Ellen Bryant Voigt to Close Out Spring Carver Series
The poet Ellen Bryant Voigt will close out the spring 2014 Raymond Carver Reading Series at 5:30 p.m. Wednesday, April 23, in Gifford Auditorium. A question-and-answer session will precede the reading from 3:45-4:30 p.m.
The event is free and open to the public. Parking is available in SU’s paid lots.
Voigt’s 2007 collection, “Messenger: New and Selected Poems, 1976-2006” (W.W. Norton & Company) was a finalist for the 2008 Pulitzer Prize in poetry and a finalist for the National Book Award.
“Voigt has a highly tempered poetic intelligence, most obvious in her line-by-line determination to align evocative images with their emotional incentives,” The New York Times wrote of the acclaimed collection. “Her arrestingly accurate images remind the reader of the suggestive correlation of sensuous emblems to emotional realities.”
Voigt is the author of several other poetry collections, including “Headwaters: Poems” (Norton, 2013) and “Shadow of Heaven” (Norton, 2002). “Shadow of Heaven” was also a finalist for the National Book Award. Her work as an editor includes, with Heather McHugh, “Hammer and Blaze: A Gathering of Contemporary American Poets” (University of Georgia Press, 2002); “The Flexible Lyric” (University of Georgia Press, 1999), a collection of essays on the craft of writing; and “Poets Teaching Poets: Self and the World,” with Gregory Orr (University of Michigan Press, 1996).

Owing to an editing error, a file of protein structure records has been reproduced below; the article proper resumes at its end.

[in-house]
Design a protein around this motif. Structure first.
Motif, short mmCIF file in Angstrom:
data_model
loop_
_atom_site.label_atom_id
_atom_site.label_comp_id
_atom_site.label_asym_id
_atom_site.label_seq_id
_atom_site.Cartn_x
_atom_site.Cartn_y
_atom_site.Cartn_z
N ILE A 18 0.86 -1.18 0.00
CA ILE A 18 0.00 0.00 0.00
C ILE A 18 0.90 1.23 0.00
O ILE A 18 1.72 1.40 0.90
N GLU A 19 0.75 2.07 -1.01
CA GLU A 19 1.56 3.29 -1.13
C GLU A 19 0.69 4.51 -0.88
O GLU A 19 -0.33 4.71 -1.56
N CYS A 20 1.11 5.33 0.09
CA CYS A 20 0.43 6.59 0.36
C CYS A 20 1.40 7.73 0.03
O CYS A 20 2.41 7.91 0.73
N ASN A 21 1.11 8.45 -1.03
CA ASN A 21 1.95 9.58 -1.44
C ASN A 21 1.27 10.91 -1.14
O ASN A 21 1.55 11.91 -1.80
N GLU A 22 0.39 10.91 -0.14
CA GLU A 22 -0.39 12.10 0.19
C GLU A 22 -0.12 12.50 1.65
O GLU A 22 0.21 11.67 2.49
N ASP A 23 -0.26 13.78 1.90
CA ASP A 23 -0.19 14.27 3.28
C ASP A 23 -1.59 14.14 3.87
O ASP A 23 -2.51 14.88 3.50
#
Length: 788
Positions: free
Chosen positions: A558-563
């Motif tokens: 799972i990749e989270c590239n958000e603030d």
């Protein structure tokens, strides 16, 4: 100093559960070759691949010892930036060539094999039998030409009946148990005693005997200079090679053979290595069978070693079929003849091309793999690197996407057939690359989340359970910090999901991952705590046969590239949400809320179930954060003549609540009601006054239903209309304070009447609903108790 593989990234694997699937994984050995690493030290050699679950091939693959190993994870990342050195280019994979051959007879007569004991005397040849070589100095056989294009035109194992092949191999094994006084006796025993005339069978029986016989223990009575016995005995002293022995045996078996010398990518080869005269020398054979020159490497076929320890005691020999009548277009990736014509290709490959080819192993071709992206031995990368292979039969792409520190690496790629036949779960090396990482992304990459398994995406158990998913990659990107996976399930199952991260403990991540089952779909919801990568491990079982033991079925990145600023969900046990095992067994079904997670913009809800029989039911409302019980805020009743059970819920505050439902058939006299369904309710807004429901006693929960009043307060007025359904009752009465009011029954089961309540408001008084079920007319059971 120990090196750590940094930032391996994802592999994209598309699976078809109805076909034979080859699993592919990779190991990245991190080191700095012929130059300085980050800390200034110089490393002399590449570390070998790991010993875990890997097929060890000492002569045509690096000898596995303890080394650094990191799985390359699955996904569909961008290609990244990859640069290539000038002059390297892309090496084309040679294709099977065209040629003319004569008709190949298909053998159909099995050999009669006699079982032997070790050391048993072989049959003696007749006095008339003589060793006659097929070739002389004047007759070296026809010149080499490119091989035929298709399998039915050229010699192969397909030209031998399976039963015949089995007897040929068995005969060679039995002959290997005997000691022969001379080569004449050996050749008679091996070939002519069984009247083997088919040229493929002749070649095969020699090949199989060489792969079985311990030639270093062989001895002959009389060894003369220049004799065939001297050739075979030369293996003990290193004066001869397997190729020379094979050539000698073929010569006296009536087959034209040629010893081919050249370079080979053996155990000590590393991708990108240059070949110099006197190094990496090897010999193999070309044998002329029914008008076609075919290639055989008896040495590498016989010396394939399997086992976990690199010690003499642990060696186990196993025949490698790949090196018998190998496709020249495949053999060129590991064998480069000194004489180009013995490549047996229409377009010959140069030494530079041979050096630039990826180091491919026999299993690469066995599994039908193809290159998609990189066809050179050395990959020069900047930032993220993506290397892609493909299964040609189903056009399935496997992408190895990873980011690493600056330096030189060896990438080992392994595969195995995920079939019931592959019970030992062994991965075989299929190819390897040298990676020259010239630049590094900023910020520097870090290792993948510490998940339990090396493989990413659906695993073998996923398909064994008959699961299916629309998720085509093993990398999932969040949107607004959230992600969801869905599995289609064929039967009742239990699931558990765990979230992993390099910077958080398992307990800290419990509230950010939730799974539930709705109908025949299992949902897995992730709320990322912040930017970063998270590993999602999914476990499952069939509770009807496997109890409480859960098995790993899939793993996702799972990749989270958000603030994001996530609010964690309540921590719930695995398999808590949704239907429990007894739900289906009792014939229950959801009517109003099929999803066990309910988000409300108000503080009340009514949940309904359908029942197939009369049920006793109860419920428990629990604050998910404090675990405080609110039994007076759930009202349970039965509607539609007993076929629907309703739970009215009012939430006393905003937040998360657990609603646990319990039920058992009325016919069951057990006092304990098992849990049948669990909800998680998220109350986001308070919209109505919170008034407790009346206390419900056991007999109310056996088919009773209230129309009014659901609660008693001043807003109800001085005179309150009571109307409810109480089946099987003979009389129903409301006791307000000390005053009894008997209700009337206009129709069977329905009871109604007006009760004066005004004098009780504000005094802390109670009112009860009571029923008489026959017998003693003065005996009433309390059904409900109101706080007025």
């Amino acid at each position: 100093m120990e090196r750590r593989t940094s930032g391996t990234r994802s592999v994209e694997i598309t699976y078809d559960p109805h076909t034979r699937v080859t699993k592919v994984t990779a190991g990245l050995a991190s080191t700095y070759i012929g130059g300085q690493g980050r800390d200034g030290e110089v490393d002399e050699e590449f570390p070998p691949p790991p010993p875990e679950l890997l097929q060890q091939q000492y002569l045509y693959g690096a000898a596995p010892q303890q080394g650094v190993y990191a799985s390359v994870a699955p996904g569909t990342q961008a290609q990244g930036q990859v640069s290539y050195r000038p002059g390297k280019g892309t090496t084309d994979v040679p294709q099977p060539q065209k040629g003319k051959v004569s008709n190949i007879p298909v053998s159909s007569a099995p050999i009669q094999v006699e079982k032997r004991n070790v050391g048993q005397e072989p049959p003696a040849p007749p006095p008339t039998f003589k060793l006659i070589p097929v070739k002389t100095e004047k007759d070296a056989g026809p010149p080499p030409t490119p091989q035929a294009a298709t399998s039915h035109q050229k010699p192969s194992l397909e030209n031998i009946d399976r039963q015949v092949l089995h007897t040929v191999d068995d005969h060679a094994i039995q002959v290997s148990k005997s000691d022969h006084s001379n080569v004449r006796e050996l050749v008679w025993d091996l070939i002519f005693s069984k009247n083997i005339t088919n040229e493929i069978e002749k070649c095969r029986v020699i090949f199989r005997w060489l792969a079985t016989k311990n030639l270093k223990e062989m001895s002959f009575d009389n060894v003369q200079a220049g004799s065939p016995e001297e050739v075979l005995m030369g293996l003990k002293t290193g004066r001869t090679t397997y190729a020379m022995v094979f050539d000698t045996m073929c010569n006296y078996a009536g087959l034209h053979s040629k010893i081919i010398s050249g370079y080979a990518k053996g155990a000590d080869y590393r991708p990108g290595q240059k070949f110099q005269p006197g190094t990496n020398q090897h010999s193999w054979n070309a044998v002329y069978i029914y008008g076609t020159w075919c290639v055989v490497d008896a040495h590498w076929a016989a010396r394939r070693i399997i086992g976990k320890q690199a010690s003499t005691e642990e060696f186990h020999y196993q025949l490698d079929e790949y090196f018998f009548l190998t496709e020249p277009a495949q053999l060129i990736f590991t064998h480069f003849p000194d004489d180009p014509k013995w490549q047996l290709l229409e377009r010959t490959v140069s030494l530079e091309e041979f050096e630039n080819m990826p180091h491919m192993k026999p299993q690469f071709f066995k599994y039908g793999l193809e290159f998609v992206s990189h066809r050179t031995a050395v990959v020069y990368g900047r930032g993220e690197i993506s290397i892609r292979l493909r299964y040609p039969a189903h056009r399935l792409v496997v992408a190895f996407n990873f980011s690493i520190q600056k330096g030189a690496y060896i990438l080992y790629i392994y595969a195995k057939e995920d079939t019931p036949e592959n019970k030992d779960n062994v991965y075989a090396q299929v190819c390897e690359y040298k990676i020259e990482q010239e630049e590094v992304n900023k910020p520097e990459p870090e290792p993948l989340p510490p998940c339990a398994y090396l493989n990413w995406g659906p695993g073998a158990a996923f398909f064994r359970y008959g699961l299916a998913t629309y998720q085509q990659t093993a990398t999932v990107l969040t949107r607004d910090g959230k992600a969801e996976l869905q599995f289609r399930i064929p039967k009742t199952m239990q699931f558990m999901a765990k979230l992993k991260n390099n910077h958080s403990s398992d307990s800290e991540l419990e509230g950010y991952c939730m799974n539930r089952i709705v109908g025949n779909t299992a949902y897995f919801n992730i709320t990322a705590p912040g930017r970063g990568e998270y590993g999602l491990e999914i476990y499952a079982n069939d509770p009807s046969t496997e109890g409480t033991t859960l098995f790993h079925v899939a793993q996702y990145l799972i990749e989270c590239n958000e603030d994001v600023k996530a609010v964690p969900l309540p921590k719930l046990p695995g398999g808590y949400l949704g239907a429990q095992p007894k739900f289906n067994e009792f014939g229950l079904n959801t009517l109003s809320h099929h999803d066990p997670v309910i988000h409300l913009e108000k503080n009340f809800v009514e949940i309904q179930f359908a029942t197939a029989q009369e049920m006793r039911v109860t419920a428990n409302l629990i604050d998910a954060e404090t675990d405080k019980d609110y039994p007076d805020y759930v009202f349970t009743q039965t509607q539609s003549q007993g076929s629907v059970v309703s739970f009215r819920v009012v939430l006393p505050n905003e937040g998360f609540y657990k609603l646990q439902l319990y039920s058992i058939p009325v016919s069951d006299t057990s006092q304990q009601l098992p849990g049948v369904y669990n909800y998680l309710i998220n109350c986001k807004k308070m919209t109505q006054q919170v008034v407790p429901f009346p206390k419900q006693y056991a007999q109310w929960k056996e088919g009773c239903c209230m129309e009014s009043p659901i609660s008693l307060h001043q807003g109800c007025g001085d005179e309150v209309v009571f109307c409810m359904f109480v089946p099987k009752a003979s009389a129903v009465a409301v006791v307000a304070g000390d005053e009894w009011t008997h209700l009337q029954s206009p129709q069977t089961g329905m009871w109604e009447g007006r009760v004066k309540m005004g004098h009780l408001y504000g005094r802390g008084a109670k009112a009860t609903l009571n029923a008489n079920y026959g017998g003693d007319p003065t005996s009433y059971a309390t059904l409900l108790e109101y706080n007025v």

Publishers Weekly said “Headwaters: Poems” is “defined by a liquid precision.” The poems in this collection—with no punctuation and no capitalization—read “as though she has burst in on each poem mid-thought.”
A New York Times review of “Shadow of Heaven” praised Voigt’s rich “descriptions of nature and the metaphors for human behavior she extracts from them.” She has “a gift for lyric poetry that is at once smoothly assured and sometimes overwhelming in its intensity.”
Voigt served as Vermont’s state poet from 1999-2003. She developed and directed the nation’s first low-residency writing program at Goddard College in Plainfield, Vt. She now teaches at the low-residency MFA program at Warren Wilson College in Swannanoa, N.C.
In an interview with Granta, Voigt, who trained as a pianist, described the connection between music and narrative. The two, she said, are not mutually exclusive: “Some of my poems are narrative, and are as ‘sound-driven’ as the lyrics, at least in the making of them. Almost every poem in the language contains, importantly, aural properties, whether or not these are overt.”
SU’s reading series is named for Raymond Carver, the great short story writer and poet who taught at SU in the 1980s and died in 1988, and is presented by the Creative Writing Program in SU’s College of Arts and Sciences. The series is presented as part of the popular undergraduate course Living Writers. The series each year brings 12 to 14 prominent writers to campus to read their works and interact with students. Students read an author’s book, write about it, and discuss it before the author’s visit. For information, call 315-443-2174.